Digital Meat Thermometer
A digital meat thermometer can make your grilling life a lot easier, taking the guesswork out of cooking meat. It allows you to continuously monitor your roast's internal temperature and can even be programmed to alert you when it is done!
What is a Meat Thermometer?
A meat thermometer
is a long needle that can be inserted into large pieces of meat, generally at the thickest part, to read the internal temperature of the meat. This is important because the final "doneness" of your grilled roast is determined by this internal temperature. While there are several ways to estimate doneness based on the appearance and feel of your meat, you need experience and even then can sometimes get it wrong, particularly for large pieces of meat that take a long time to cook, such as beef roasts, leg of lamb, whole turkey and whole chicken. The thermometer takes you right inside the meat, letting you know what is going on at its depths where you can't see.
Why Go Digital?
A digital meat thermometer is simply a digital version, rather than the standard meat thermometers which work just like a regular old traditional thermometer. However, because they are digital, they often have many more useful features than a standard thermometer. For example, most digital meat thermometers, like the one pictured above, have a probe needle with a long heat-proof wire. This allows you to place the needle into your roast before you start cooking and leave it there throughout the cooking process. The heat-proof wire simply hangs out your grill (even if you close the lid on it) or oven and attaches to the thermometer unit. This has several advantages. For one, you don't have to keep poking your meat several times. Each time you poke your meat and then withdraw the needle with a regular thermometer (or fork) you let precious juices from inside the meat run out! Leaving the needle in the meat avoids this problem.
Also, because you can leave most digital meat thermometers in the meat while cooking it allows for continuous monitoring of the heat. Most units allow you to either use the preset meat temperature points (different ones for poultry, pork, rare beef, medium beef, etc.) or you can pre-program a specific temperature you are shooting for. The computer in the thermometer then continuously monitors the change in temperature and can even give a rough estimate of cooking time to get to your goal. It can also set off an audible alarm when your desired cooking temperature is reached, alerting you to take it off the heat. This avoids the constant and nerve-racking hovering over the grill that most of us have done, nervously wondering if it is done or getting overcooked. Besides, when we try to estimate doneness ourselves, we often lift the lid off the grill way too often, loosing precious heat and smoke. The digital meat thermometer allows you to relax and just wait, only occasionally checking in and tending your coals as needed (a grill thermometer is useful to keep track of the internal temperature of your closed grill, so that you can monitor and adjust the heat as necessary).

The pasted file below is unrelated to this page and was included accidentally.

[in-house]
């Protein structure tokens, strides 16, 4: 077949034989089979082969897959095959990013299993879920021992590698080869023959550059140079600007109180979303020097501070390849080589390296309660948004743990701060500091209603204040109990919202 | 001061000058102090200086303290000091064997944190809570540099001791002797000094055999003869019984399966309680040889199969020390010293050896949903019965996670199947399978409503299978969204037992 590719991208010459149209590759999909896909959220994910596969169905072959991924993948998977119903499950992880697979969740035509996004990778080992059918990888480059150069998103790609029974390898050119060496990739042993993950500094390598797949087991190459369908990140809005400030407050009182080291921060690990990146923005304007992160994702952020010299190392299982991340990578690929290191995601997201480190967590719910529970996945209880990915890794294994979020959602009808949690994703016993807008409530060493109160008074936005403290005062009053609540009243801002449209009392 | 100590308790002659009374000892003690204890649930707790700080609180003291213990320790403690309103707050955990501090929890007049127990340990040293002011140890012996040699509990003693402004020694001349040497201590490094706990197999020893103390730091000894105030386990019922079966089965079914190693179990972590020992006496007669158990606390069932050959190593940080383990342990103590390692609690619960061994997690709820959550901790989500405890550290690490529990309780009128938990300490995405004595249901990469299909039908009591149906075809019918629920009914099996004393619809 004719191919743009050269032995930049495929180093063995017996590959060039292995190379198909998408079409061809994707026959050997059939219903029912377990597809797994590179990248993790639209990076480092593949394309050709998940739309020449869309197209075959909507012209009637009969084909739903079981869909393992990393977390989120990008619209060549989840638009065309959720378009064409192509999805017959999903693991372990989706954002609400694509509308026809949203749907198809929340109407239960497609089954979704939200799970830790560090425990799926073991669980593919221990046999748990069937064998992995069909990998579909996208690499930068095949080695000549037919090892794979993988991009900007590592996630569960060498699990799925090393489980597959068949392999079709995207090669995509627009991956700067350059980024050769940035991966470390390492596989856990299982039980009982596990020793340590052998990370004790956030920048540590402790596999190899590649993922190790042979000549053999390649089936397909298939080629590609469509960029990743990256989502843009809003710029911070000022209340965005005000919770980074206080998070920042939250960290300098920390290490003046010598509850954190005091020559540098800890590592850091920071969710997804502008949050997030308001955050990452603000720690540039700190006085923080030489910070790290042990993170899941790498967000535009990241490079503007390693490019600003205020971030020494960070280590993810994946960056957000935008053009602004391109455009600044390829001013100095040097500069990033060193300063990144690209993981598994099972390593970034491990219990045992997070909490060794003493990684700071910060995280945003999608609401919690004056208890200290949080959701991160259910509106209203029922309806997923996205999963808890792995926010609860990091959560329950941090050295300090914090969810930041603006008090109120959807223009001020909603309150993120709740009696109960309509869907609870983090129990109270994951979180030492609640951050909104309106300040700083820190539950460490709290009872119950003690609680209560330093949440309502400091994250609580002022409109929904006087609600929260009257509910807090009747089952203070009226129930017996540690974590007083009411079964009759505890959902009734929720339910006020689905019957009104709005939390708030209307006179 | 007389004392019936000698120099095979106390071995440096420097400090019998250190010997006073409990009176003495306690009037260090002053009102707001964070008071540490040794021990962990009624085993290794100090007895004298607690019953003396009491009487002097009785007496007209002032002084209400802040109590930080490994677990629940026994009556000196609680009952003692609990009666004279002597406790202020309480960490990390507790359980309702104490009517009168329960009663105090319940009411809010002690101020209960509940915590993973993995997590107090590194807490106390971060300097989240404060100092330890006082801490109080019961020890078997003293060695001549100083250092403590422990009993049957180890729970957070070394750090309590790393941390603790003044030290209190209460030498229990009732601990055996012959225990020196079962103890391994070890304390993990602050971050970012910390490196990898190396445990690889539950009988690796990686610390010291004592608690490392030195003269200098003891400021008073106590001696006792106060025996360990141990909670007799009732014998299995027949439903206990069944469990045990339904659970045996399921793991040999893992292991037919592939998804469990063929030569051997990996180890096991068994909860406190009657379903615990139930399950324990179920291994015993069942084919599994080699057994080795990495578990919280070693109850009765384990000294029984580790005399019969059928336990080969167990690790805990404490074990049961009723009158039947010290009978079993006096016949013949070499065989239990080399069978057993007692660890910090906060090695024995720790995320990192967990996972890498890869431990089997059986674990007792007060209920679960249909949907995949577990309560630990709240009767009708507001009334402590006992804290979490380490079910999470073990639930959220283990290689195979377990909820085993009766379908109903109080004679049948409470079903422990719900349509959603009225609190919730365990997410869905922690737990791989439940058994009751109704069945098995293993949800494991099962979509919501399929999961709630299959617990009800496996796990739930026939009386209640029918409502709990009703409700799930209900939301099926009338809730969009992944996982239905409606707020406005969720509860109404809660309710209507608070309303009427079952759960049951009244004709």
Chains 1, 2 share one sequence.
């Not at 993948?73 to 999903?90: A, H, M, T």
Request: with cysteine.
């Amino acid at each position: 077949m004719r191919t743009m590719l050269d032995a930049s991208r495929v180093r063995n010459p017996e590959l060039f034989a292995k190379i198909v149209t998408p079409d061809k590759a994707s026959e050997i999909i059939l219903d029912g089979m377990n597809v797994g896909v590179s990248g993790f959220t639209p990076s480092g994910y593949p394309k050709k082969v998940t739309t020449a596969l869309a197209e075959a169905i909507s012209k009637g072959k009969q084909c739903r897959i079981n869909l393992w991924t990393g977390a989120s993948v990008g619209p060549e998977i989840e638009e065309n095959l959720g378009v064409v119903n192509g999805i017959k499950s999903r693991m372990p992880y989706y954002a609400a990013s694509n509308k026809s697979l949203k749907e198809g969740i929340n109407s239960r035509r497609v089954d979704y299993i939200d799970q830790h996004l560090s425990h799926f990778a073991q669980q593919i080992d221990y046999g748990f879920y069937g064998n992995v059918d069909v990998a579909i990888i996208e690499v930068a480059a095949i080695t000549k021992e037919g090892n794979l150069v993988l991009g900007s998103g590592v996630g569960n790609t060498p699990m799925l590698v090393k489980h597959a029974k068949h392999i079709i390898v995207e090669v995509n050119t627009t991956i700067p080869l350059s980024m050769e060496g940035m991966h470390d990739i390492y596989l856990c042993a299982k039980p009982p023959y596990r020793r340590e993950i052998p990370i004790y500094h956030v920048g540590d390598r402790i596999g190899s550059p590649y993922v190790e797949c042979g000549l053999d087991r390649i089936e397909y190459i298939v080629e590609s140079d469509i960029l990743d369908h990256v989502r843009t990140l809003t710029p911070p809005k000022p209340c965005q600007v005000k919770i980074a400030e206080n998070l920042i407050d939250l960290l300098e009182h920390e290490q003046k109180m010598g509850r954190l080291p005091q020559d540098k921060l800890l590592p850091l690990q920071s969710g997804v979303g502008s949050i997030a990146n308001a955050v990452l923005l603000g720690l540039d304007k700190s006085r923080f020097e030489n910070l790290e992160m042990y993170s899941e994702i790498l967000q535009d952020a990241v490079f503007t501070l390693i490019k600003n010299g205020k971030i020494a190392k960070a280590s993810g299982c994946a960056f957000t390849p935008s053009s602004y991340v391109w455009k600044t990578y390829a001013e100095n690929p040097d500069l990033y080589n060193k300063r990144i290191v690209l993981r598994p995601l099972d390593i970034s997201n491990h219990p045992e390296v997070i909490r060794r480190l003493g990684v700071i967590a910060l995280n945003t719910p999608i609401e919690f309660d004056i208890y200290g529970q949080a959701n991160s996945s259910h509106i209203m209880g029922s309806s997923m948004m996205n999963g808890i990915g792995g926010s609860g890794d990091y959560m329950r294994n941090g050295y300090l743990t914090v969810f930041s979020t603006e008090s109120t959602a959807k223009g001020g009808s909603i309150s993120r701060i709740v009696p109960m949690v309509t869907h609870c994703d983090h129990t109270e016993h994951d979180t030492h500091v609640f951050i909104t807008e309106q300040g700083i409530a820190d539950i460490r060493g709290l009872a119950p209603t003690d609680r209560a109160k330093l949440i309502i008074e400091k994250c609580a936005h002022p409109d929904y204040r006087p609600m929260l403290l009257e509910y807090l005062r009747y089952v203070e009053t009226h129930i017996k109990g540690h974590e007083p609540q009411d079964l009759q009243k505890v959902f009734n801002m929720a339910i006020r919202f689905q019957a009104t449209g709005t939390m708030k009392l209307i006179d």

Wireless Meat Thermometers
Some digital meat thermometers are actually wireless, with a remote handset unit that displays and monitors your temperature at a distance. This can be useful if you want to hang out and relax somewhere far removed from your grill. While most people enjoy hanging out around the grill, you may be entertaining inside, cooking other food in the kitchen or otherwise distracted. You can keep these in your pocket so that you can always check the temperature and hear the alarm when it goes off.
How do you use a digital thermometer?
As with any meat thermometer, you should place the probe needle into the middle of the deepest, thickest part of meat which will take the longest to cook completely. It is usually easiest to just place the needle at the start of cooking and leave it in throughout the cooking process, particularly for large roasts like whole poultry. Note the needle probe inserted into the breast of the turkey pictured above before cooking.
How you then hook up and program your thermometer varies from model to model. Follow the enclosed instructions. Set the temperature as called for in your recipe or use one of the preprogrammed temperatures for the type of meat you are cooking (beef, lamb, poultry, or pork) and the desired doneness (rare, medium-rare, medium, etc.). Special Note: When cooking larger roasts it is usually advisable to set the final temperature a few degrees below your optimal cooking temperature. The reason for this is that after you remove the roast from the grill or oven the internal temperature continues to rise a bit, as the thermal mass of the meat redistributes the heat. If you leave the needle in you'll see that the temperature in the middle goes up a bit as it rests. It is advisable to let meat rest for several minutes or more (more for larger roasts) after cooking for the heat and juices to redistribute and equilibrate.
- Here is a general guide for temperatures for doneness for various meats. With meats that can carry disease (like poultry and pork), err on the side of higher temperatures, especially if you have any doubt to the quality and freshness of the meat.
Rare: 120 - 130°F
Medium-Rare: 130 - 140°F
Medium: 140 - 150°F
Medium-Well: 150 - 160°F
Well: Please don't cook your meat well done!
Rare to Medium-Rare: 120 - 140°F
- Poultry (chicken and turkey):
Breast: 165 - 175°F
Thigh: 170 - 180°F
- Pork: 150 - 160°F
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